A recent change, which might seem small in the scheme of things, was chronicled in an earlier Teachings of Dog – our full-time canine members of staff are now down from five to three and, it has to be said, things are a lot quieter round here…! It is remarkably interesting how differently the dogs behave depending on who else is around, and this sudden reduction in their numbers has really brought this to the fore. Theo and Lily now play and chase as they used to do before Poppy came along – when Poppy visits, Lily is more or less ignored by Theo. Lily will vociferously defend me against “intruders” (aka “visitors”!) if Theo is around, but without Theo she becomes quiet and welcoming. (Daisy remains pretty much Daisy, regardless of who is there!)
What about us? Do we also behave differently around different people? We certainly do... I was speaking with a new client this afternoon who was wanting help with some problems he is experiencing at work. Most of the time he is fine, but when in the company of certain colleagues he goes to pieces and loses his confidence completely; we’ve probably all experienced something similar at some point in our lives.
In NLP terms, this is known as “Perception is Projection” – in other words, we project our own “stuff” onto other people, which is then reflected back at us. For example, if a person unconsciously reminds us of someone we met in the past who made us feel a certain way, we are likely to recreate those feelings without consciously realising why – we project the attributes of the original person onto the new person and have the perception that they are the cause of our feelings.
Snippets the poodle gave an excellent demonstration of this – when she first came to us she was afraid of men, so any man who came into the house was, in her perception, a truly terrifying being.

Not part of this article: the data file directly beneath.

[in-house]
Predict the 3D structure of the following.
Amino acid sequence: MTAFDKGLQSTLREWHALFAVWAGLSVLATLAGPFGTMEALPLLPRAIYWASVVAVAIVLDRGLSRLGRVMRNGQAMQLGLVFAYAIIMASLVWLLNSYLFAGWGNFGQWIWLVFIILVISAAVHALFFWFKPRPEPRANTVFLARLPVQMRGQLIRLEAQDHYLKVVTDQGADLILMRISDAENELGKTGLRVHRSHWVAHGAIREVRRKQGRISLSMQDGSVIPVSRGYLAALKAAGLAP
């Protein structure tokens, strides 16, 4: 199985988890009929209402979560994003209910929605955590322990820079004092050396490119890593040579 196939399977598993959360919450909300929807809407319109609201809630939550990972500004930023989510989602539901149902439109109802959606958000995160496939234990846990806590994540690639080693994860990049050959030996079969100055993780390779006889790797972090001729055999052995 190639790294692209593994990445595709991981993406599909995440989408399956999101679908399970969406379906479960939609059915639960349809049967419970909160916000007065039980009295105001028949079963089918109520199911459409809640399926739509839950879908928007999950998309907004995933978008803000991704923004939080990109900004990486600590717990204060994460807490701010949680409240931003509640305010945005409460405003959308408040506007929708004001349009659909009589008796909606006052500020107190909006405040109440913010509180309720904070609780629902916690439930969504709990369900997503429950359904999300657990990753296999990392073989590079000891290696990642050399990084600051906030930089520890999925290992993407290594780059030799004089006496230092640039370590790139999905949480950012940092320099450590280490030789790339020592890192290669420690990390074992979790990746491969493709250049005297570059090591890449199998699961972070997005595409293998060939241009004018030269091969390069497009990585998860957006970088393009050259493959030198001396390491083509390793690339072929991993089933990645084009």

When we become consciously aware of an unwanted projection it then becomes possible to do something about it, either by acknowledging that this person is not the same person as the original person who made us feel this way, or by addressing the underlying “stuff” within ourselves (often a limiting belief) that created the feeling in the first place.
Amongst the canine members of staff, however, doubtless Theo will continue to be best friends with Lily unless Poppy is around; Poppy will be very, very quiet when by herself, but act as a noise catalyst (or should that be “dogalyst”?) when with the others; Lily will have to be forcibly restrained until visitors are safely inside the hallway if Theo is around, and Daisy will remain Daisy, regardless of all the rest of us… until such time as another junior canine member of staff arrives, to shake up the mix yet again!
It’s been a beautiful spring weekend here in North Yorkshire. The garden is beginning to come to life and small green shoots are thrusting their way through the bare brown soil – the weeds as well as the garden plants…
Amongst the canine members of staff, Snippets has discovered yet another new joy in life; mysterious holes have started to appear around the base of the fern by the mint bed… Snippets will return to the kitchen with suspiciously muddy paws, tail waving happily and a big smile on her little woolly face.
As the weather improves, the dogs enjoy spending more and more time exploring in the garden. A couple of days ago, this resulted in an exciting and illicit adventure as, unbeknown to me, the back gate through to the adjacent farm yard and fields had been left open…